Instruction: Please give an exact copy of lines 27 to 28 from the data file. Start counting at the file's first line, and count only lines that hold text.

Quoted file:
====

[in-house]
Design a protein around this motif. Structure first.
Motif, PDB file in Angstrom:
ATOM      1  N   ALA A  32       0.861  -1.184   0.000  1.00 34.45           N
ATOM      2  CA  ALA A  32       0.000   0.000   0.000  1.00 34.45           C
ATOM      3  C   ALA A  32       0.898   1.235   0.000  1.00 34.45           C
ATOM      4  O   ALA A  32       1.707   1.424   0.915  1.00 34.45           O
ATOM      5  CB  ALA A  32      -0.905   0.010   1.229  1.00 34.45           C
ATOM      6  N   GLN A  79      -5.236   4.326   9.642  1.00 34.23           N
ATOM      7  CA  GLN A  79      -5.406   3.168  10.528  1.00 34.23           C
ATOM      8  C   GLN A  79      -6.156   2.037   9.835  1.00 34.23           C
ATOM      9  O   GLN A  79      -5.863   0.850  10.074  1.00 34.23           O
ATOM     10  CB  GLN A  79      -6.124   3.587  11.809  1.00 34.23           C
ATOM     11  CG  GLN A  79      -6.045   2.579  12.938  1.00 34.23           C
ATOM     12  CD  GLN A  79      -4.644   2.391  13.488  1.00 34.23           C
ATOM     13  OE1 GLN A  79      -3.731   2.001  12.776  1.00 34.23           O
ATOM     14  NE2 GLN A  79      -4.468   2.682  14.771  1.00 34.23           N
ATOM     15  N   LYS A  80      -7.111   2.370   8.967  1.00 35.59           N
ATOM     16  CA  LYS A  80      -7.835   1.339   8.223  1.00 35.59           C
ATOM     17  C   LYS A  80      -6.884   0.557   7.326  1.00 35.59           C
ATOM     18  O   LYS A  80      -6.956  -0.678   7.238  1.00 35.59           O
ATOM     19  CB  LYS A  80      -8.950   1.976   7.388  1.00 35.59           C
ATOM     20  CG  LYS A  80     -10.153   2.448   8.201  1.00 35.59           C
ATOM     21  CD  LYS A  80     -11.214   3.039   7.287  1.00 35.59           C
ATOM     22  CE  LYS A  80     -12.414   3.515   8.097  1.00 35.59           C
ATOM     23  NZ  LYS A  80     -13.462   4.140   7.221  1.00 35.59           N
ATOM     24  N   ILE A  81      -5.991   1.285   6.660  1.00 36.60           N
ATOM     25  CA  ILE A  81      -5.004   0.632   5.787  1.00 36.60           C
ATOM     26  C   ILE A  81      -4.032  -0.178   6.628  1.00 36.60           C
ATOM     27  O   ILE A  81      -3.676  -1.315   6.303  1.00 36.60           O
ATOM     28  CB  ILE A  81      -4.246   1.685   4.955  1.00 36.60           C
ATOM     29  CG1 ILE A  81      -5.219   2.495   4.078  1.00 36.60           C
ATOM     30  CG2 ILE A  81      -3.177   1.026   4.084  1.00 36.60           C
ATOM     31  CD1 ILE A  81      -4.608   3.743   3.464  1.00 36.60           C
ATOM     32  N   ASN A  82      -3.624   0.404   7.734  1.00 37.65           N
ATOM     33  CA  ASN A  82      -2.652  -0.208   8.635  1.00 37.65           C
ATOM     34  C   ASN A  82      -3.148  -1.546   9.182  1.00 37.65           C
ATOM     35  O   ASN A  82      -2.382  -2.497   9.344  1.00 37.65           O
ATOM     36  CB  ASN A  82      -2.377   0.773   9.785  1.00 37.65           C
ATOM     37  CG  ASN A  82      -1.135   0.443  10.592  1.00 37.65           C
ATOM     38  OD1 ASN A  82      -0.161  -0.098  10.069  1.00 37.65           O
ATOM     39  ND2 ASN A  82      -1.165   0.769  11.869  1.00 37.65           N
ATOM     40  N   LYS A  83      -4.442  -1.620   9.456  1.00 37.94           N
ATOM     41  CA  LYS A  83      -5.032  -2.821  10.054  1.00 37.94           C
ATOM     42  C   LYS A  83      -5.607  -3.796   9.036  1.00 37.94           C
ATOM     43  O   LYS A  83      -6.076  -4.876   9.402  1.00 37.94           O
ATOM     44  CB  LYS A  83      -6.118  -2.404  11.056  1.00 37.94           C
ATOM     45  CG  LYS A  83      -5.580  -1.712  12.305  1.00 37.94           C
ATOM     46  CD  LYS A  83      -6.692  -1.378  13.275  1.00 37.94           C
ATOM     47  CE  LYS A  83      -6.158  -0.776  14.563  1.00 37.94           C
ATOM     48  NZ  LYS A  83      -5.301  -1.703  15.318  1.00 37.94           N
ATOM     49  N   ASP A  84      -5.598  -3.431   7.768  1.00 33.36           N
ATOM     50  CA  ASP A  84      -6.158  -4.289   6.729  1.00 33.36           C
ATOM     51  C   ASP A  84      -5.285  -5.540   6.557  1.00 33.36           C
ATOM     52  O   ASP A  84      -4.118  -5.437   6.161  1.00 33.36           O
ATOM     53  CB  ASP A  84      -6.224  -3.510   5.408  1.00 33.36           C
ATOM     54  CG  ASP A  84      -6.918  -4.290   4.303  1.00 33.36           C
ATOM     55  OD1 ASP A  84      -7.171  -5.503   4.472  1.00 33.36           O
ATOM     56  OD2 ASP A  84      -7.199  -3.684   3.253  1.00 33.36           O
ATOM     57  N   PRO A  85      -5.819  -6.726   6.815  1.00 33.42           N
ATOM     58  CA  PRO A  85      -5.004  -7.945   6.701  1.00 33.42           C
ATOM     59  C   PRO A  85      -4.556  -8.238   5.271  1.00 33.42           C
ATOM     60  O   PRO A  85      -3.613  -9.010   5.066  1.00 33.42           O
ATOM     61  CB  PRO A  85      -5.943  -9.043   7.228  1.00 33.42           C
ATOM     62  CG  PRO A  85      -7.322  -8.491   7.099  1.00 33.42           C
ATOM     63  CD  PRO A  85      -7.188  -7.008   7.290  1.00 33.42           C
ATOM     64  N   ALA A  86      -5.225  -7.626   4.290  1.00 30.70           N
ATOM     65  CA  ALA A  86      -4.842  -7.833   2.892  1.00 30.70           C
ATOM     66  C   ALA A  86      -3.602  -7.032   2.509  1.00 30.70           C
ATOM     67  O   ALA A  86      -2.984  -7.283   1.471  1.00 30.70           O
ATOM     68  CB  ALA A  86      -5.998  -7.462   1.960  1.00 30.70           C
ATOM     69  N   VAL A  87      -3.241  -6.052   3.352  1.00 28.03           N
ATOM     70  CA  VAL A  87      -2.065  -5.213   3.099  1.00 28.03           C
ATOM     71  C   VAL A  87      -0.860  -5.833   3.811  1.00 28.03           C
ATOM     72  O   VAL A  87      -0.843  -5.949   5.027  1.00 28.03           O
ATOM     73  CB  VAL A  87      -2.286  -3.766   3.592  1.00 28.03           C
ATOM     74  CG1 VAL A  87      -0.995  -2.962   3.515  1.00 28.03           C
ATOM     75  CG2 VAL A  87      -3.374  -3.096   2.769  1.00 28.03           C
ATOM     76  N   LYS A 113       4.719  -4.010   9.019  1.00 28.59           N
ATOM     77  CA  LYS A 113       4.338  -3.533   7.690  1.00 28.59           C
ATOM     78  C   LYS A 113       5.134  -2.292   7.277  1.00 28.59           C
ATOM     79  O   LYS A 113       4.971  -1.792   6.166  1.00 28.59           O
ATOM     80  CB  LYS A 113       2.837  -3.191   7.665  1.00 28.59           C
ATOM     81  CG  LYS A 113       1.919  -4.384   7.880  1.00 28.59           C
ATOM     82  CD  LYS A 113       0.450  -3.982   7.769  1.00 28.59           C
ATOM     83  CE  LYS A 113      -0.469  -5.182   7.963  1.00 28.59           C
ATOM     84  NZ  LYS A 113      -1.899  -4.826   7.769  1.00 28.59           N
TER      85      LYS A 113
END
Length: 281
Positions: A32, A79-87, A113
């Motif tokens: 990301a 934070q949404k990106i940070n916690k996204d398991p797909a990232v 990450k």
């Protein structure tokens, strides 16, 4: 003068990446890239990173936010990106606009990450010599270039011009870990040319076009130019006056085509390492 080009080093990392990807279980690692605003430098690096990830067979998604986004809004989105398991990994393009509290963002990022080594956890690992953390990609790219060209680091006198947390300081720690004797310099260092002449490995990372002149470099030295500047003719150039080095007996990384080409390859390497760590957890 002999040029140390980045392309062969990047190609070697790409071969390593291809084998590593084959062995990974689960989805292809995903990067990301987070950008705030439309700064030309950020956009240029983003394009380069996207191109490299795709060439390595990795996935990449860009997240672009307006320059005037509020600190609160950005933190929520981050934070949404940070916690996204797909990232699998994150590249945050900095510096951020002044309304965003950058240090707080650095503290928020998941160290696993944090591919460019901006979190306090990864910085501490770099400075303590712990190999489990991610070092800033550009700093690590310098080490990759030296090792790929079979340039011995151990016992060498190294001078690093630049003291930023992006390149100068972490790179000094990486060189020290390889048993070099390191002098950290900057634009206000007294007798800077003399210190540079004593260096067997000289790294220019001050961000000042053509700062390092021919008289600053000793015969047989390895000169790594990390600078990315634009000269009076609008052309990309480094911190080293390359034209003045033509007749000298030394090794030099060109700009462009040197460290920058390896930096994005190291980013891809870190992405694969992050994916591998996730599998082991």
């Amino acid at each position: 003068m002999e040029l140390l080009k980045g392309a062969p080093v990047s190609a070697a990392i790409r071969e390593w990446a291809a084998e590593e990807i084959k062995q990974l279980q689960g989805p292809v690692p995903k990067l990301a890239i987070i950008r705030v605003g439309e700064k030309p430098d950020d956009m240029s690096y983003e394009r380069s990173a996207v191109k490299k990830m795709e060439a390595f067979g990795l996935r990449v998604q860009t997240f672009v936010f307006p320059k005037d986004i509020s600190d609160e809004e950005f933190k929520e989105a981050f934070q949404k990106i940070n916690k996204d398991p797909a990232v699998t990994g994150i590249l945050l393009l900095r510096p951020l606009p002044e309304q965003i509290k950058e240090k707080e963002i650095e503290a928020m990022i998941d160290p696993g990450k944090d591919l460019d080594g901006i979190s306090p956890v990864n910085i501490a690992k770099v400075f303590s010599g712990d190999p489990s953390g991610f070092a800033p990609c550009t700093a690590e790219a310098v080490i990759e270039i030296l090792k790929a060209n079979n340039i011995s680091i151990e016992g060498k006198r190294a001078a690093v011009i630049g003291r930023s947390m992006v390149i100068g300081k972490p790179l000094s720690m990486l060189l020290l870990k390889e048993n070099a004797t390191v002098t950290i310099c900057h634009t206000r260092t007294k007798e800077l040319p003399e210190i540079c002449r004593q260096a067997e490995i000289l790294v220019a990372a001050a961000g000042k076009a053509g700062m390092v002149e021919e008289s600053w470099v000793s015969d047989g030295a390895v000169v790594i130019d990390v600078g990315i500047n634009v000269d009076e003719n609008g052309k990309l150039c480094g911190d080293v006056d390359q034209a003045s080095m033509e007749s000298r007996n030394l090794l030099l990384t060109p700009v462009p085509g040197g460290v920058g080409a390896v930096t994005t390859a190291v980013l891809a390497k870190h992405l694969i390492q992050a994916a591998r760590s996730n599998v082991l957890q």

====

ATOM     24  N   ILE A  81      -5.991   1.285   6.660  1.00 36.60           N
ATOM     25  CA  ILE A  81      -5.004   0.632   5.787  1.00 36.60           C